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Your yen for ramen could be killing you softly

Kenji Saito cooks at his ramen noodle shop in Tokyo.
Reuters/Kim Kyung-hoo
Ramen is delightful, but it might also be dangerous.
Ephrat Livni
By Ephrat Livni

Senior reporter, law & politics, DC.

Ramen’s reputation has grown globally over the years. People worldwide now hungrily slurp down countless bowls of these skinny noodles in hot broth that originated in China and were popularized by the Japanese. But a recent study out of Japan indicates the savory treat could be a killer.

A paper published in Nutrition Journal investigated the link between the prevalence of ramen restaurants and stroke and heart attack mortality in Japanese prefectures. The researchers from Jichi Medical University suspected that ramen, which is high in sodium, might be linked to higher risk of strokes and heart attacks. But little was known about the relationship between diet and these health woes in Japan, they write, so they decided to compare various types of cuisine and different regions of the country, looking at health data and restaurant prevalence.

The scientists created four categories of restaurants to compare—ramen, fast food, French or Italian, and udon or soba. They also obtained age- and sex-adjusted stroke and heart attack mortality rates in each prefecture from a 2017 national study. What they discovered is that ramen-loving localities where the noodle shops are especially prevalent experienced more stroke deaths than other Japanese prefectures, but not more heart attacks.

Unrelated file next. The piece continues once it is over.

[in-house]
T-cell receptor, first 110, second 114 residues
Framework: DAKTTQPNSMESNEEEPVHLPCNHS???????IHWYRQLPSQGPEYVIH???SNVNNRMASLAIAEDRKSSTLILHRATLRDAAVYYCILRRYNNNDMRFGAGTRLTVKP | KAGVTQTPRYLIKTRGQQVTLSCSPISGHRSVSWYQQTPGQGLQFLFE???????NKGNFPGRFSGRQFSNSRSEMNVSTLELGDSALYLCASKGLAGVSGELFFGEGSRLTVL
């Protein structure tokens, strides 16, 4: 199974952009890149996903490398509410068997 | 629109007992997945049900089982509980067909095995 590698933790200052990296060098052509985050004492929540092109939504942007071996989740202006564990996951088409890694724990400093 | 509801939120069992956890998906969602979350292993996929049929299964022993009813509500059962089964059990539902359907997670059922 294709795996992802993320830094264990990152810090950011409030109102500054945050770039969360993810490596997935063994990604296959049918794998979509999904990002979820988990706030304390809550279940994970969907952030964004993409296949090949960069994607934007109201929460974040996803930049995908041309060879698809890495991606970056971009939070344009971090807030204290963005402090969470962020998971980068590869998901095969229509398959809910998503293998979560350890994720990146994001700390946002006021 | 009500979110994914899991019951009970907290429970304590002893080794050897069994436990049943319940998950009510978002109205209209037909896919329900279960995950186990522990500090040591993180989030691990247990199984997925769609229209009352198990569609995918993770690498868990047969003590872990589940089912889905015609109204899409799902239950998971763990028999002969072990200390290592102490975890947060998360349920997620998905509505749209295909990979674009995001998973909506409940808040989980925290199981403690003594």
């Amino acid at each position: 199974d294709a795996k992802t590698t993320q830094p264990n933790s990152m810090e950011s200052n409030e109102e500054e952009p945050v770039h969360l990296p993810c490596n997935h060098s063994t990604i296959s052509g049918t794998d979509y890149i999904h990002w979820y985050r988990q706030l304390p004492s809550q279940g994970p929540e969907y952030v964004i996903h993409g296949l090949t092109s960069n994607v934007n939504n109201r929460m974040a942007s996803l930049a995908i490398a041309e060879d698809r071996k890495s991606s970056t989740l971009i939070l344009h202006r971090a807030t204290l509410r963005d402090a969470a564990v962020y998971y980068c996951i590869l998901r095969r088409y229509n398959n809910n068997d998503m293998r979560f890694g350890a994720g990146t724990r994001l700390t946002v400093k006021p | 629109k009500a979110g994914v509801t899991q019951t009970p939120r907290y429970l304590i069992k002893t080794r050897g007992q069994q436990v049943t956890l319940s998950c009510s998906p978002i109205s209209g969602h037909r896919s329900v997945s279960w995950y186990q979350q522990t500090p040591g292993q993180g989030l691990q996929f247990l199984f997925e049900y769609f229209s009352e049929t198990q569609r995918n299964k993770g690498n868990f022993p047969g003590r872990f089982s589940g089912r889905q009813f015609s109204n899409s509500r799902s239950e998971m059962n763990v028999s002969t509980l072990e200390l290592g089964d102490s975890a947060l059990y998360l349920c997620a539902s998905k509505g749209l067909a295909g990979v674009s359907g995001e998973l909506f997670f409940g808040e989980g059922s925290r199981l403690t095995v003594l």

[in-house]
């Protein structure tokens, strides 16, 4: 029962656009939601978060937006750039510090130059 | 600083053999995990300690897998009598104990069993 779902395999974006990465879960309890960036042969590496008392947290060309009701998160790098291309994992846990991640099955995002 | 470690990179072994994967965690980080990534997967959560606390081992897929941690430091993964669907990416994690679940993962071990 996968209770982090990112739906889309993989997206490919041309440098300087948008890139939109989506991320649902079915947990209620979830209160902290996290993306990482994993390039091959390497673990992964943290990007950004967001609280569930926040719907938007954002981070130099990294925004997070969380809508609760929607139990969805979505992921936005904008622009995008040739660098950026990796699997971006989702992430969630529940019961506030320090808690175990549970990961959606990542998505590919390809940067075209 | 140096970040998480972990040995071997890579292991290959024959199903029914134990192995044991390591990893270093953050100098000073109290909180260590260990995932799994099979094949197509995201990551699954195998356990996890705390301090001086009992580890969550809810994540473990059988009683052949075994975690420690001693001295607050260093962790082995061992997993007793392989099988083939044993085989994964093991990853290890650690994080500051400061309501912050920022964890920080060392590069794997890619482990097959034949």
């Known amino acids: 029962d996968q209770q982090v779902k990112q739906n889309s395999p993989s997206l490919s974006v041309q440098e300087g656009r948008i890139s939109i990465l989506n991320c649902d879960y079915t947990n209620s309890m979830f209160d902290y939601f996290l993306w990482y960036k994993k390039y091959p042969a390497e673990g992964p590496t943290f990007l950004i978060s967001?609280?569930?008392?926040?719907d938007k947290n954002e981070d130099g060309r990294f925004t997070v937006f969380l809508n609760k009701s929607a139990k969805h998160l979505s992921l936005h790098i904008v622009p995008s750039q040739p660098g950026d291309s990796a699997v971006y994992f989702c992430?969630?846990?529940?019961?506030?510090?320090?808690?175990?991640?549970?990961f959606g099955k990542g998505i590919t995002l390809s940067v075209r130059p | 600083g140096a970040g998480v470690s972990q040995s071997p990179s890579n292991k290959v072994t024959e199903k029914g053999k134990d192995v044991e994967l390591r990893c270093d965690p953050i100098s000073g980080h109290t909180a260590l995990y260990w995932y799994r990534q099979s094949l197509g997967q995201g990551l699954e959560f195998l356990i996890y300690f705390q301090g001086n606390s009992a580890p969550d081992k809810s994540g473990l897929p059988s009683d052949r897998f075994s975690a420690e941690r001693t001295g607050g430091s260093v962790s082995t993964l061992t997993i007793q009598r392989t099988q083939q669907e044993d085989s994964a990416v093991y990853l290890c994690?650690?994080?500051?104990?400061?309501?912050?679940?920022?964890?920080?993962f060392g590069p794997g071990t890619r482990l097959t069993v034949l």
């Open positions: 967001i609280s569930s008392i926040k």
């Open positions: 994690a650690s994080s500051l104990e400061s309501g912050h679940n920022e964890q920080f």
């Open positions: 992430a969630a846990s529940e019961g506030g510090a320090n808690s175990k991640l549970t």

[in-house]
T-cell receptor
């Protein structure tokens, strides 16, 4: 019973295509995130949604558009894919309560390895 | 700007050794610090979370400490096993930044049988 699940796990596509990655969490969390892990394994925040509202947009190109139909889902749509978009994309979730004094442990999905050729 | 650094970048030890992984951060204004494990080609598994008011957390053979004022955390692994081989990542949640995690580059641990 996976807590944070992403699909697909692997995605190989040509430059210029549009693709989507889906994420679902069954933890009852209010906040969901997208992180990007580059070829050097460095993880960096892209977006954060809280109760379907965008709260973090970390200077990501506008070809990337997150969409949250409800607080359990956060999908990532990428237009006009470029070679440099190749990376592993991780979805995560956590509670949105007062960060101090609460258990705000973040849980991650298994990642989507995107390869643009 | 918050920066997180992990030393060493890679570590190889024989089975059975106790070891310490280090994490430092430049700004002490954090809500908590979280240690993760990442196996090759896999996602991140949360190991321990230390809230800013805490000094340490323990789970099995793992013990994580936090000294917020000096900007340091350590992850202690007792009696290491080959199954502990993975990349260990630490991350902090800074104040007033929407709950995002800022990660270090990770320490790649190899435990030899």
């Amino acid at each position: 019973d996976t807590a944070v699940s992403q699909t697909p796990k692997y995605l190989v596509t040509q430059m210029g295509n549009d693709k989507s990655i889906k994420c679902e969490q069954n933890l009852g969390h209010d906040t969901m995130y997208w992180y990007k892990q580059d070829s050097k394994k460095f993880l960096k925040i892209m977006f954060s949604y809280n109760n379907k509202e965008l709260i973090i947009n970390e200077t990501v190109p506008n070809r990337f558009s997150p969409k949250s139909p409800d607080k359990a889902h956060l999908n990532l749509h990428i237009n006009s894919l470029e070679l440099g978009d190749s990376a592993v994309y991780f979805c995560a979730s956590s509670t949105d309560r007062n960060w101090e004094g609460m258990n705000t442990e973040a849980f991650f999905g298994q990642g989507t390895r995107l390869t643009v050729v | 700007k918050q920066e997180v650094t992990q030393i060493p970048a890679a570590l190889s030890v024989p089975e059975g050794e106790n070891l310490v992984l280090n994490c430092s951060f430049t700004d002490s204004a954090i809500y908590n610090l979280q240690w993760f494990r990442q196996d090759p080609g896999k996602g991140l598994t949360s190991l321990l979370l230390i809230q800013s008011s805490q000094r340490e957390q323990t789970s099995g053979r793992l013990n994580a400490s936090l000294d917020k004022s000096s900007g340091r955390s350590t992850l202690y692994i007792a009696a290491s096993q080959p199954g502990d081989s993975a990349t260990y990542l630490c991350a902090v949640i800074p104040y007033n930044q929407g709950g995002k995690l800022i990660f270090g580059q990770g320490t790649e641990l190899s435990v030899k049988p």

The researchers found that the Tohoku, northern Kanto, and the southern Kyushu regions have higher stroke mortality than other areas in Japan. Meanwhile, the Kinki region and southern Kanto region have low stroke mortality rates. This stroke mortality distribution corresponded approximately with the prevalence of ramen restaurants in these regions. “The prevalence of ramen restaurants in Japanese prefectures has a significant correlation with the stroke mortality rate,” the study concluded.

Still, before you despair and give up ramen altogether, the study’s limitations should be noted. The researchers themselves say that they were unable to obtain precise data on stroke victims’ diets, so they could not directly assess whether ramen intake increased stroke risk but simply established a link to be further explored.

They point out that ramen consumption isn’t restricted to restaurants and they didn’t consider instant or homemade ramen at all. Also, ramen has many components, including soy, tonkotsu (a Japanese broth made from simmered pork marrow or pork bone), miso, and salt, and it’s not yet clear which most strongly affects stroke risk. Finally, there’s the fact that ramen shops serve more than just noodles in hot broth. Side dishes like dumplings and rice are also available. “These side dishes may include confounding nutritional factors,” the scientists write.

So though their work indicates that ramen may be killing people softly, much more research needs to be done to establish the link between the dish, which seems so nutritious and life-giving, and increased risk of death.

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